The last of the seven qualities I’ll mention today is actually three-in-one: spiritual maturity, self-awareness, and authenticity. Which is to say that we are all works in progress and we must work at our progress. We see the fruits of all three in you, and yet they are the endeavors of a lifetime.

Here are a few core practices that promote personal growth:

  • Self reflection. We all need time and space alone, and a standard within ourselves to which we hold ourselves accountable.
  • Seeking the feedback of others. Unless we ask, we will never know how our words and actions affect other people.
  • Asking for help. It is a requirement for ordination that you have experience with spiritual direction, and I’m glad for that. Most ordinands I know have have had a turn or two in therapy, and I’m very glad for that. Now I encourage you to find a mentor, someone who is a bit further down whatever road you feel called to walk. For many years mine was a Lutheran pastor, Chris Nelson. In the same general area of Minneapolis, the congregation he served was three times larger than the one I served. I wanted to figure out how he helped his congregation grow and what I could do to help the one I served grow, too. So I asked him to help me, and he did. He graciously and generously talked me through, and during that season of ministry, I learned more from Chris about leadership than anyone else (Chris Nelson died this week having been diagnosed with cancer earlier this year. May he rest in peace and rise in glory. You can learn more about Chris Nelson and Bethlehem Lutheran Church, Minneapolis here).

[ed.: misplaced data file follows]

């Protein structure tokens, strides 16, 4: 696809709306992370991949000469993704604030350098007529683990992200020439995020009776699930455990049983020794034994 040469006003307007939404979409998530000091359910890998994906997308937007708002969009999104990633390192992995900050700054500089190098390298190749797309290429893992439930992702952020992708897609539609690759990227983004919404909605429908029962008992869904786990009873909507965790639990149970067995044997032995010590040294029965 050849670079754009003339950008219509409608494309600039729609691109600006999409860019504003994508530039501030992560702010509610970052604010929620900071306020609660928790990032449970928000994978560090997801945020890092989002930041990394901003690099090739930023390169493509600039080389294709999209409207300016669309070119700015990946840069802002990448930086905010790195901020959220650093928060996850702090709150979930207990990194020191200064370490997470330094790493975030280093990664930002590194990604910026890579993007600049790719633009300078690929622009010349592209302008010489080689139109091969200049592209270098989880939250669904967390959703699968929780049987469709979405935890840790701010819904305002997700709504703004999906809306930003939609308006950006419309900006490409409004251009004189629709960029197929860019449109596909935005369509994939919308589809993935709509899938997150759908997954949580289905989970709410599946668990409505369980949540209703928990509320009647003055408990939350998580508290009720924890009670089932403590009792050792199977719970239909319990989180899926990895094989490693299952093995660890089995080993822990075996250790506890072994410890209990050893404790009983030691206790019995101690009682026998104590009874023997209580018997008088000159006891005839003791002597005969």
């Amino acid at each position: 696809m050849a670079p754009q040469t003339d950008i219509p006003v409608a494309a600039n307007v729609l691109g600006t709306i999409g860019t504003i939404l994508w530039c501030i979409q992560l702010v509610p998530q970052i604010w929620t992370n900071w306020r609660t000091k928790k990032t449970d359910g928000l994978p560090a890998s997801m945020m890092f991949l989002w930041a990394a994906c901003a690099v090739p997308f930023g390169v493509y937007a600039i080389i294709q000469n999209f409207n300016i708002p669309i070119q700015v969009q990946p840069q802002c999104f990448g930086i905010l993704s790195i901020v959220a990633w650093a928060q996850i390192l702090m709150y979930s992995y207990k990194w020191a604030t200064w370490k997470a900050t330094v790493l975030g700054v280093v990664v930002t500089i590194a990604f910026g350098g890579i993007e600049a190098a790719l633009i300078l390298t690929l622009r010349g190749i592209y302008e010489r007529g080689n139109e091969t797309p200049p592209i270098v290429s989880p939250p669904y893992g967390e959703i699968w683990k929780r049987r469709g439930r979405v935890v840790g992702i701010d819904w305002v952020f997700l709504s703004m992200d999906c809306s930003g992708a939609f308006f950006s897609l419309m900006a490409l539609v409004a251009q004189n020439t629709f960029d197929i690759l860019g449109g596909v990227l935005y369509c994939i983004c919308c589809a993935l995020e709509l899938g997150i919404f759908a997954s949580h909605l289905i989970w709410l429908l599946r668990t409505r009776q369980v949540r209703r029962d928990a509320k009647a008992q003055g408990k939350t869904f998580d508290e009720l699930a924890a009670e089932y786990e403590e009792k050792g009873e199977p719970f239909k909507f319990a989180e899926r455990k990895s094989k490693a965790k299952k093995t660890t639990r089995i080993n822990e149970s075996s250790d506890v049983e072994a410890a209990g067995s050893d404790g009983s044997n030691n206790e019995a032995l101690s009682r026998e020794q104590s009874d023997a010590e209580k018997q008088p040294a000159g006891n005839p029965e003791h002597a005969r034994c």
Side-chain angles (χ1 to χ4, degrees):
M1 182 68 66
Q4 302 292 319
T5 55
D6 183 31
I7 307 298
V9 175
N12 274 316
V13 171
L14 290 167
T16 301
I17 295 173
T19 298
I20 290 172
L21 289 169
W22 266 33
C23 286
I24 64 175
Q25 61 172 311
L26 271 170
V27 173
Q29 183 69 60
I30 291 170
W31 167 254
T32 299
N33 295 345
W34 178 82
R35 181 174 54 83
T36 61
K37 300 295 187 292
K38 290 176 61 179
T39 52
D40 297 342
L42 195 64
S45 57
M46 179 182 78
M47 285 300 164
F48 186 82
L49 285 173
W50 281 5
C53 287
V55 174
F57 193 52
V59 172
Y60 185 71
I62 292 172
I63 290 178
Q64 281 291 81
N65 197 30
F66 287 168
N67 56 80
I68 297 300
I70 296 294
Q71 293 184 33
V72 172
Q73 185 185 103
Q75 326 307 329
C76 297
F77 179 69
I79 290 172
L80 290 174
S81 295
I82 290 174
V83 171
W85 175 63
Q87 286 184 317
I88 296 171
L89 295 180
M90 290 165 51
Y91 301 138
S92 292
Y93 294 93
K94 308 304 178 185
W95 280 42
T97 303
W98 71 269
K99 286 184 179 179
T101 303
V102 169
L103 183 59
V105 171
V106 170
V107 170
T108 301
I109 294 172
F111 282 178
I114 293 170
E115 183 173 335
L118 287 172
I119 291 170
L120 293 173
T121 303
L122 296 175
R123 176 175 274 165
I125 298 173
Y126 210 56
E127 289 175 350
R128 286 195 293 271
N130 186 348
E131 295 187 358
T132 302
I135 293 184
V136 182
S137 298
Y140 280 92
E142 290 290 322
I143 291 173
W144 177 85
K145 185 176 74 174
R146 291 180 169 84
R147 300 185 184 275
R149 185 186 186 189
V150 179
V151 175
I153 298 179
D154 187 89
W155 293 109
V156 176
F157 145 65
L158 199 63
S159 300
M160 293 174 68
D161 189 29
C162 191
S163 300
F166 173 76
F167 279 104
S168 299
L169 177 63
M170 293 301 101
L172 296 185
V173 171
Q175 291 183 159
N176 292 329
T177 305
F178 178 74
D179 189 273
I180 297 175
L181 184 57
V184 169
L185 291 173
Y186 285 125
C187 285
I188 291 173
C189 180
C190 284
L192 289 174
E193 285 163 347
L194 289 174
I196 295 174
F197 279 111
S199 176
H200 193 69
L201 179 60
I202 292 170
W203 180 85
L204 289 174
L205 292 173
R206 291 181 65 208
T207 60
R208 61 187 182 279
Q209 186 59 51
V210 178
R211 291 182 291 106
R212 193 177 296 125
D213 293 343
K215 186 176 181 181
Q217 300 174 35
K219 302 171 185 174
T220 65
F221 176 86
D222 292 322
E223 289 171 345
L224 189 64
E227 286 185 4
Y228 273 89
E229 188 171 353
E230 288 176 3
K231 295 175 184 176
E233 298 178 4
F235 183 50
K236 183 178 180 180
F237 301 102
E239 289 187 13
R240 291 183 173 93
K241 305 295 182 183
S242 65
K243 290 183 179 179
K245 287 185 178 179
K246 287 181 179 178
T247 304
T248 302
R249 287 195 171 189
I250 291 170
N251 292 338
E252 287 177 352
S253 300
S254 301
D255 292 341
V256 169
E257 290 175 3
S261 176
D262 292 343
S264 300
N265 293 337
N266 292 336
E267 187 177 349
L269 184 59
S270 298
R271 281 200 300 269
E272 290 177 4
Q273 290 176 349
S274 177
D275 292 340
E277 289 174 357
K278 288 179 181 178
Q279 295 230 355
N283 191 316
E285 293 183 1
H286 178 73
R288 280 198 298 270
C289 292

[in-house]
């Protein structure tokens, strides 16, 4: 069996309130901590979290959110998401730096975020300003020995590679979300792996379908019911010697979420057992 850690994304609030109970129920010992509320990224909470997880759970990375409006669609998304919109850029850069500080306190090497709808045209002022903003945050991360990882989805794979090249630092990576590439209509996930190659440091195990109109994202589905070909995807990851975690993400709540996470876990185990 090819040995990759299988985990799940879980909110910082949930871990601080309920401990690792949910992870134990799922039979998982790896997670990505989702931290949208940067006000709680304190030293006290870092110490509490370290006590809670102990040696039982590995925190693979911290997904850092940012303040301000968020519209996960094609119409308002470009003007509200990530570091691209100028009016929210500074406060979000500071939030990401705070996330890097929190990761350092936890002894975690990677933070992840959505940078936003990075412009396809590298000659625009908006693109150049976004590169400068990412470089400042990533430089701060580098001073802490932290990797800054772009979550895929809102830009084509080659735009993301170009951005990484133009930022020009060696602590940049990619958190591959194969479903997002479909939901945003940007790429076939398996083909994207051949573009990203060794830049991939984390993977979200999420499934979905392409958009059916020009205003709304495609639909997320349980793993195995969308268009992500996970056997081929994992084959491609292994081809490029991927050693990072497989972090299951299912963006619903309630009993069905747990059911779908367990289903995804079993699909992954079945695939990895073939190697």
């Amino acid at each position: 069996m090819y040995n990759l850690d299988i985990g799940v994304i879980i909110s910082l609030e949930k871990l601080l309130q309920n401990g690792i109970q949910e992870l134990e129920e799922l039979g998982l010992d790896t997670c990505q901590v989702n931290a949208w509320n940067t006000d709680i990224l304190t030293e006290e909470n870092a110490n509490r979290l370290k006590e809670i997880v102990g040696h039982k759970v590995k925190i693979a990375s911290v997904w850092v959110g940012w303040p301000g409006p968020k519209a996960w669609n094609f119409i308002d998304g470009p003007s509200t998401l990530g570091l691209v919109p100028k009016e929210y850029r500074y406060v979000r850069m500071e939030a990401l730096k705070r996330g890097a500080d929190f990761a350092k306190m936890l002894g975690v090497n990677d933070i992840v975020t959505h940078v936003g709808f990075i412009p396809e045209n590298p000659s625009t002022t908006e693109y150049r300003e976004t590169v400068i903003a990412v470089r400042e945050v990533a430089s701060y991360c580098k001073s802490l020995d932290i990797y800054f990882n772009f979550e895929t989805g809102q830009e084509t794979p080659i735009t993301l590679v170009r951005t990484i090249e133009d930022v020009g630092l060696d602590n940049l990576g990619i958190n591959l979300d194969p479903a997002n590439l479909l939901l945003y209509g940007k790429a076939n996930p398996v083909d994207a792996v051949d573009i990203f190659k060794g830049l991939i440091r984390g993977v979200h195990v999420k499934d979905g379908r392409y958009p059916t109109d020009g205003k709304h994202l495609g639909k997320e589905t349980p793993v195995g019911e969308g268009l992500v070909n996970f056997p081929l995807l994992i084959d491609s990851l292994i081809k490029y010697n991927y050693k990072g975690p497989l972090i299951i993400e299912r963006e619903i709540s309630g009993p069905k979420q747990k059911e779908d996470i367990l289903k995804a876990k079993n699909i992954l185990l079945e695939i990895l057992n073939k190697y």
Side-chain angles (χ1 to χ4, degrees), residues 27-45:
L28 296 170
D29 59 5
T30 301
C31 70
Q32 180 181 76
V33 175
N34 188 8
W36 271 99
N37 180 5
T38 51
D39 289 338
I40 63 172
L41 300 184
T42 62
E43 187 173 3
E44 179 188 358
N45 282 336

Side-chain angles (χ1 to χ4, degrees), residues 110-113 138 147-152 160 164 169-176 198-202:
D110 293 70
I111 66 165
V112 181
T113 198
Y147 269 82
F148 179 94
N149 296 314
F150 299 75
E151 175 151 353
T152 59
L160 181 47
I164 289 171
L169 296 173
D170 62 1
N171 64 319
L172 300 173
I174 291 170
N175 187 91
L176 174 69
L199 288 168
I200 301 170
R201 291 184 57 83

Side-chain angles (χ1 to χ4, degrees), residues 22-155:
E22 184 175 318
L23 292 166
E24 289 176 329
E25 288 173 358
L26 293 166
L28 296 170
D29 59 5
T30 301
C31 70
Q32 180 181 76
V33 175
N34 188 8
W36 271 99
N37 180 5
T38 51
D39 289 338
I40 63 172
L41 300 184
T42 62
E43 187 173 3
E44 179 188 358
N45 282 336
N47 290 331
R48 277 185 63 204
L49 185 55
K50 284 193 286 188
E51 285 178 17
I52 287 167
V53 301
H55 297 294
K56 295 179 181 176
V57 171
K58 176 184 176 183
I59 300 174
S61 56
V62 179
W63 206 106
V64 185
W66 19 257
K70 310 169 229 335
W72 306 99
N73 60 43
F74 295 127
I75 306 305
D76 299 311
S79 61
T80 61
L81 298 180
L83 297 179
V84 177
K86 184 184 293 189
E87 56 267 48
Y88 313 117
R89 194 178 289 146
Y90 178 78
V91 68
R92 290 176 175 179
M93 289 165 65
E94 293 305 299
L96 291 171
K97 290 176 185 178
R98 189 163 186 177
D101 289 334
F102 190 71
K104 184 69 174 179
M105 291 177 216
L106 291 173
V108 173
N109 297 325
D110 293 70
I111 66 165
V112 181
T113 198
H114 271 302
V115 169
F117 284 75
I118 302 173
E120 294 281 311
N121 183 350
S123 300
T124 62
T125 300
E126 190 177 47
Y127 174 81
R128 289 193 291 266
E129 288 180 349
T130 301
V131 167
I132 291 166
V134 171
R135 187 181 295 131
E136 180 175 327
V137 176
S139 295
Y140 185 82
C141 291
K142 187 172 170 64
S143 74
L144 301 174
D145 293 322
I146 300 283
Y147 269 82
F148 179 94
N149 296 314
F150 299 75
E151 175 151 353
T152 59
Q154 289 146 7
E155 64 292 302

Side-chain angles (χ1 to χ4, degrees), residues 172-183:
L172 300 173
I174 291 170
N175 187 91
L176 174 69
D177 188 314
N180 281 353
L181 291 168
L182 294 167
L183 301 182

Hear in all these practices a life-long commitment to learning and growth. For while you never can tell where the road will take you, you can determine the kind of person you become along the way.

One of ways I used to protect myself from being hurt or disappointed in the church–which happens a lot, by the way–was to always have a Plan B. I would put my name in for a position I wanted and have a Plan B in case I wasn’t chosen. I would take a risk in the congregation and have a Plan B in case I failed. I told myself having such a plan would help whenever I landed hard on the other side of disappointment or failure, which is something we could debate. It was a fruitful exercise in that it gave me a bit of emotional distance and a means of picking myself up and starting again. Those things are important.

But also important is the courage to be committed. I learned this from our younger son who chose another high security profession: theatre. While he was studying for his theatre degree, one of my well-meaning friends asked him, in my hearing, “Patrick, do you have a Plan B?” He was quiet for a moment and said, “I’ve never thought of it that way, actually. This is my Plan A, and I’ll take it as far I can. If I have to make a change down the road, well, that will be my new Plan A.”

You never can tell. But you needn’t doubt, my colleagues in Christ, that you have what you need to embark on this vocation. Should you doubt, look around at the people who know and love you. They don’t doubt the rightness of your vocation, and neither do I, in large part because of your commitment to grow, and your capacity to be flexible, resilient, creative, joyful Christians leaders.

We don’t know where God is taking you, but wherever that is, we are willing to follow. Because the church God is creating is going to be led by the likes of you.

What will that church look like? You never can tell. But surely we can trust that it is God’s next Plan A.